No due process. No rule of law. No independent judiciary.” either externally or internally. It’s up to us to be smart about
He said a “Faustian bargain” exists between the government all this. Cool, calm, collected and smart. Don’t be histrionic
and the people. but be firm. Talk softly and carry a big stick.”
“That bargain is as long as the people are happy, the people

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BAUCUS ON: ObamaCare BAUCUS ON: The future
Baucus worked for years on health care reform. He took So how does the national future look?
a lot of heat for saying a single-payer option, a sort of Baucus cited a book Yale historian Paul Kennedy wrote
Medicare-for-all plan, wasn’t on the table. And he worked about the fate of nations.
closely with Republicans to try to craft something accept- “Countries, civilizations rise and fall. Big strong ones.
able. He said they made a lot of progress, but as the 2008 There’s no guarantee that we’re going to be here forever. In
elections approached, “I could feel the Republicans falling fact, the evidence is kind of alarming that we might not.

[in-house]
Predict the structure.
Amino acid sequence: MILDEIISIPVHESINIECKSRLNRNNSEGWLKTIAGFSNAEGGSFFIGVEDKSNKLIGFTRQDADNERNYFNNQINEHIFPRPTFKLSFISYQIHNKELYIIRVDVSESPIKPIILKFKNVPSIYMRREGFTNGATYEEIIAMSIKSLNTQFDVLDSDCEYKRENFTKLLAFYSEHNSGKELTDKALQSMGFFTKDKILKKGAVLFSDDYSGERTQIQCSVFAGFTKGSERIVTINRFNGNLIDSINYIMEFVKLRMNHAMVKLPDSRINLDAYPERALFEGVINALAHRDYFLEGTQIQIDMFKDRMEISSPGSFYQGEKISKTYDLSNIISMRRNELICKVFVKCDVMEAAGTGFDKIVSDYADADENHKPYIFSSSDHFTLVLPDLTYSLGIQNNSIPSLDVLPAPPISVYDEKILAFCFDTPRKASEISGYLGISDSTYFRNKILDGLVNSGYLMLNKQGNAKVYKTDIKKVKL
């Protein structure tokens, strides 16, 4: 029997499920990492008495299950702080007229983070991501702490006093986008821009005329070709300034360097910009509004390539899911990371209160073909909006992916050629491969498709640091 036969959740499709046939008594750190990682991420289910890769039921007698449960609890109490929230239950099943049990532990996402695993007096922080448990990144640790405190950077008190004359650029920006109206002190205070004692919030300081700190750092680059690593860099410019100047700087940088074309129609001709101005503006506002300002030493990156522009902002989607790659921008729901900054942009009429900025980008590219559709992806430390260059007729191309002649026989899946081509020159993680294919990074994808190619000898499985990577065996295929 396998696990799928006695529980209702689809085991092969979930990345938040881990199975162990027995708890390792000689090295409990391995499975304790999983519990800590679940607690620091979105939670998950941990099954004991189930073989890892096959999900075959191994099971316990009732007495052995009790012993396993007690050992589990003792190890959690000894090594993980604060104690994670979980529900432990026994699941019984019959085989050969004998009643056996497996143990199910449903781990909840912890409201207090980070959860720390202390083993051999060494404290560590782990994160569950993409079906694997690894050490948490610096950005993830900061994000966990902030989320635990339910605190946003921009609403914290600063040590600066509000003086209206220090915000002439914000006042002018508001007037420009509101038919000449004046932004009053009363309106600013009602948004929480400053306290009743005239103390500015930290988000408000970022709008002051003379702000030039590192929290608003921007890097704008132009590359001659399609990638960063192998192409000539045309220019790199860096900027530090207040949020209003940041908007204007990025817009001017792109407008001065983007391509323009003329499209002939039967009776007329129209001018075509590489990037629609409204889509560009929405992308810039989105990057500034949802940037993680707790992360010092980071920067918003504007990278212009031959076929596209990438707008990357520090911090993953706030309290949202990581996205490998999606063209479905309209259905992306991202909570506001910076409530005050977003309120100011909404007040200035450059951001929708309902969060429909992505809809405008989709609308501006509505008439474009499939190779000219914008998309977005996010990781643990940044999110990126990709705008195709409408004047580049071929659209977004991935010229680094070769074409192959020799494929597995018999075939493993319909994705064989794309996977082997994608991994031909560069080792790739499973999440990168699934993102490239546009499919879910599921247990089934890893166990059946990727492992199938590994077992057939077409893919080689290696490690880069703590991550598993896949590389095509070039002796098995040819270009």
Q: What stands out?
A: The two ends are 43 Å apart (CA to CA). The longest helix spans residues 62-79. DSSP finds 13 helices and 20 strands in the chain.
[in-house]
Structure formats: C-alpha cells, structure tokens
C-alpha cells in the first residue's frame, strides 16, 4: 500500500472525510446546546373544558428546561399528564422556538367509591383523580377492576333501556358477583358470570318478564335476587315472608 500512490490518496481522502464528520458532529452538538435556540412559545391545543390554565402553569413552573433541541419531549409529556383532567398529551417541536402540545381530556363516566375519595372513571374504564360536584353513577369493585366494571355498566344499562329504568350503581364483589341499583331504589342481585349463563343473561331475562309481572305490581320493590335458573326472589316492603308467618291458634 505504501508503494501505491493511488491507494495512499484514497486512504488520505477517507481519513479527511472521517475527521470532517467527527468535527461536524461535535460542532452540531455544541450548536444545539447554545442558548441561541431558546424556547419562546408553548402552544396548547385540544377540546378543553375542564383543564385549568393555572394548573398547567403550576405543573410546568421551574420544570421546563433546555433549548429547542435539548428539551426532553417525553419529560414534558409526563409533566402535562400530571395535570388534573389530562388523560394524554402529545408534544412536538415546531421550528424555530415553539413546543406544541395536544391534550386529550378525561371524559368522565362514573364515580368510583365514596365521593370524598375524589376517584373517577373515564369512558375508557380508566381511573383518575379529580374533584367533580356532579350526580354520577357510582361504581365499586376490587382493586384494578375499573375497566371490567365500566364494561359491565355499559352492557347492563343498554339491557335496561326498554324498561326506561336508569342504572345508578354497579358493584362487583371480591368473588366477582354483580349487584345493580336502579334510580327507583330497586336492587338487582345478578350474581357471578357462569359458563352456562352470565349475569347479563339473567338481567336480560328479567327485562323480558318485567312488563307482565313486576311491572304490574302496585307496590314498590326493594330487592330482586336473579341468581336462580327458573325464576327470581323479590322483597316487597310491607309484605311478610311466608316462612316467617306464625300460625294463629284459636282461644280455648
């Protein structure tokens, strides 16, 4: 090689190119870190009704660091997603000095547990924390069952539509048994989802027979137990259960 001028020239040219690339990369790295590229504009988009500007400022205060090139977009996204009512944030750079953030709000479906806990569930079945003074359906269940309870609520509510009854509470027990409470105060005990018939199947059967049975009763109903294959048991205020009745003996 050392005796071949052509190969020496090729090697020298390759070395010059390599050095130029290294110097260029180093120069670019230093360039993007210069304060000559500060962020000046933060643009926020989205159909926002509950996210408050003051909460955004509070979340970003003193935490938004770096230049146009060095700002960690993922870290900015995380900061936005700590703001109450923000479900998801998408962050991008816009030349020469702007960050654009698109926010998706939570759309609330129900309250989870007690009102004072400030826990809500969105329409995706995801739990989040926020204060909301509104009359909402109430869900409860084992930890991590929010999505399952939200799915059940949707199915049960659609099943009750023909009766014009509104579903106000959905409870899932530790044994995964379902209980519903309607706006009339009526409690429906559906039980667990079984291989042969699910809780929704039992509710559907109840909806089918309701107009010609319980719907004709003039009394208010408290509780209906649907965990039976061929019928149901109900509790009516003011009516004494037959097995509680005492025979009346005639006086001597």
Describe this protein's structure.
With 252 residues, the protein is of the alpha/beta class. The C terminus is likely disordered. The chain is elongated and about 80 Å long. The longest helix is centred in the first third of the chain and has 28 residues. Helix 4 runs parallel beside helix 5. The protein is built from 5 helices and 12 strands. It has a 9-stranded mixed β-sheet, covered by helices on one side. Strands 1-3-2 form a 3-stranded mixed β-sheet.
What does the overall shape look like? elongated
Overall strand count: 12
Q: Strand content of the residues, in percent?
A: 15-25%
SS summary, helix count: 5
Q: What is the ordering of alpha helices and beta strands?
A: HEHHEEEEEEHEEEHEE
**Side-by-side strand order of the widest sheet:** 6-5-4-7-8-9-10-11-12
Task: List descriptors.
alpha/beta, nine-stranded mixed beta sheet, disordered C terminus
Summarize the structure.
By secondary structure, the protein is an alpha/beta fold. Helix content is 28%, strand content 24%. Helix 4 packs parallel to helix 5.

off. The other side saw this as a potent political wedge. And “My glib answer is that our future is more secure if two
it worked. A lot of Democrats lost their Senate seats in that conditions occur. One is a very educated public. It takes work
election. And Republicans in the House got more seats.” to find out what the facts are. You can’t just agree on what
Once Obama was elected, the Affordable Care Act another person says is true.
passed without a single Republican vote. “The second is doing something about it. Don’t just sit
Baucus didn’t sound surprised that Obamacare is being on your tail. The assumption is that people [on the other
targeted by both Congress and the new president. side] have done their work, have gotten the facts. Then